With Twitch, at least, I've always felt like it's a little more approachable as a company. They have a support account on Twitter that's very active and generally responds to emailed support questions relatively quickly. With Google and YouTube, offering criticism is like screaming into a void. Sometimes things are fixed or at least improved, but I've never had a sense that there's anyone there listening when I have a problem.

I wasn't excited at the thought of Twitch being consumed into that silent behemoth, but more notably it killed a long-held dream of mine: that perhaps, one day, Twitch could step up as a legitimate competitor to YouTube in archived content as well.

Many will say this is still a pipe dream, and I acknowledge that if it happens, it's going to be a long while yet. But I think all of the signs are there.


A true competitor

Twitch has, slowly but surely, begun expanding its offerings beyond just video games. Twitch's parent company already had a hand in non-gaming content via, which shut down earlier this month. But what if that shutdown was less a move to focus on gaming alone and more to ensure that all content was centered in one place?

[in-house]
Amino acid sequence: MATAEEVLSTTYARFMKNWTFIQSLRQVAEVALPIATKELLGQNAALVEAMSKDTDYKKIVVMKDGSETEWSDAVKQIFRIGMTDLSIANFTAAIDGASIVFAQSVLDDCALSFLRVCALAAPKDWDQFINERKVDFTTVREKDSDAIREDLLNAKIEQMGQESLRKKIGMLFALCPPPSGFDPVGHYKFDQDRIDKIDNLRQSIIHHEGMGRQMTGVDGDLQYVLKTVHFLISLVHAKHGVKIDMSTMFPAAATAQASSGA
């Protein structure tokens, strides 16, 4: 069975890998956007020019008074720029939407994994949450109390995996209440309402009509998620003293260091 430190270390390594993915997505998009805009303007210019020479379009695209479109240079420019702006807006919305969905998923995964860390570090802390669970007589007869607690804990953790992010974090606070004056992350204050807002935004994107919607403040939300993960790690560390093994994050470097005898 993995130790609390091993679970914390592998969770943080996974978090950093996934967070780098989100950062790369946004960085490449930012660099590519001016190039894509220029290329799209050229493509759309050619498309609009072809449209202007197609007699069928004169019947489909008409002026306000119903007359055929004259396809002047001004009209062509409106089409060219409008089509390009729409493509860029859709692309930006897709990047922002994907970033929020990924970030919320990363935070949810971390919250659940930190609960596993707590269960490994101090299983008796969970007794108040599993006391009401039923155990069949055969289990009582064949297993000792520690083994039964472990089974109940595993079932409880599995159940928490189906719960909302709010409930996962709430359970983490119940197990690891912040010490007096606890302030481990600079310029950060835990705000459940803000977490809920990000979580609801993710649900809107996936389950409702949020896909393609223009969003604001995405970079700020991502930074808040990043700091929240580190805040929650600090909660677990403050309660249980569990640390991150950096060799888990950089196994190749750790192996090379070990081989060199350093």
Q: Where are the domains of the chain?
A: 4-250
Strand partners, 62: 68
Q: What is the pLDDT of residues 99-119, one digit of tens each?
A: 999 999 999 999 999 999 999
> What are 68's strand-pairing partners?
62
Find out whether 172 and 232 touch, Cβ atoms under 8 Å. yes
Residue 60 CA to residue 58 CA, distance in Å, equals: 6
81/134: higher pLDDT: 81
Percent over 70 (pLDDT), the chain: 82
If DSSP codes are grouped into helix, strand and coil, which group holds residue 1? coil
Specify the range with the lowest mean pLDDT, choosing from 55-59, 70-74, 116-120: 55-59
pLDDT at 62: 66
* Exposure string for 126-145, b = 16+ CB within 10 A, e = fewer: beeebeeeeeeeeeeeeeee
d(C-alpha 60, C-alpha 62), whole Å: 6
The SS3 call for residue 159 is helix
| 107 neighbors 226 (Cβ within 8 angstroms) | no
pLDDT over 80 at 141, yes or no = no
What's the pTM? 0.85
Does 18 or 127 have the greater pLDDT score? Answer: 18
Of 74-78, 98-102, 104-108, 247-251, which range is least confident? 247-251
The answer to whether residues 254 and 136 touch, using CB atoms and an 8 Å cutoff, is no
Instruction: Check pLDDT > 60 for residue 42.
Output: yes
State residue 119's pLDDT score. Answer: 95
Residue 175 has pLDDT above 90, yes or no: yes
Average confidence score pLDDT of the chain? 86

Twitch also made some frustrating changes to how archiving on the service works this month. While that shift (and subsequent audio copyright changes) annoyed many users, including myself, Twitch was clear about one thing: The long-term goal is to improve discoverability and usability of archived content.

At the time, many users saw this as a capitulation to YouTube, something Twitch was only doing to prepare for the inevitable buyout. But what if, instead, it was to prepare for Amazon and for a future where they don't need YouTube?

The long-term goal is to improve usability of archived content

Part of the reason YouTube has always dominated the video space without competitors gaining a foothold is sheer cost. Storing video content takes a lot of money, a lot of server space and a lot of very reliable technology.

Lucky, then, that Amazon has all three of those things.

While most people know Amazon primarily as a retailer, the company has also built up a strong business for Amazon Web Services, a cloud computing solution that includes tech for streaming video. Even Netflix, which could be considered a direct competitor to Amazon's own digital video options, uses AWS. "AWS enables Netflix to quickly deploy thousands of servers and terabytes of storage within minutes," says Amazon's official page.

Keeping in mind that this is all speculation and I am far from an expert on this tech: It seems to me that Amazon, with its AWS offerings, is one of the few companies in the world that could ever hope to compete with YouTube. And buying up Twitch could be the first step in securing an already well-developed venue to do so.

Twitch booth E3 2014 photo (Poly wm) 1280

Big business

All of this is long-term thinking, of course. It will be a while before we see any major changes to Twitch based on this purchase. But even in the more immediate future, there are some good things almost certainly in the works.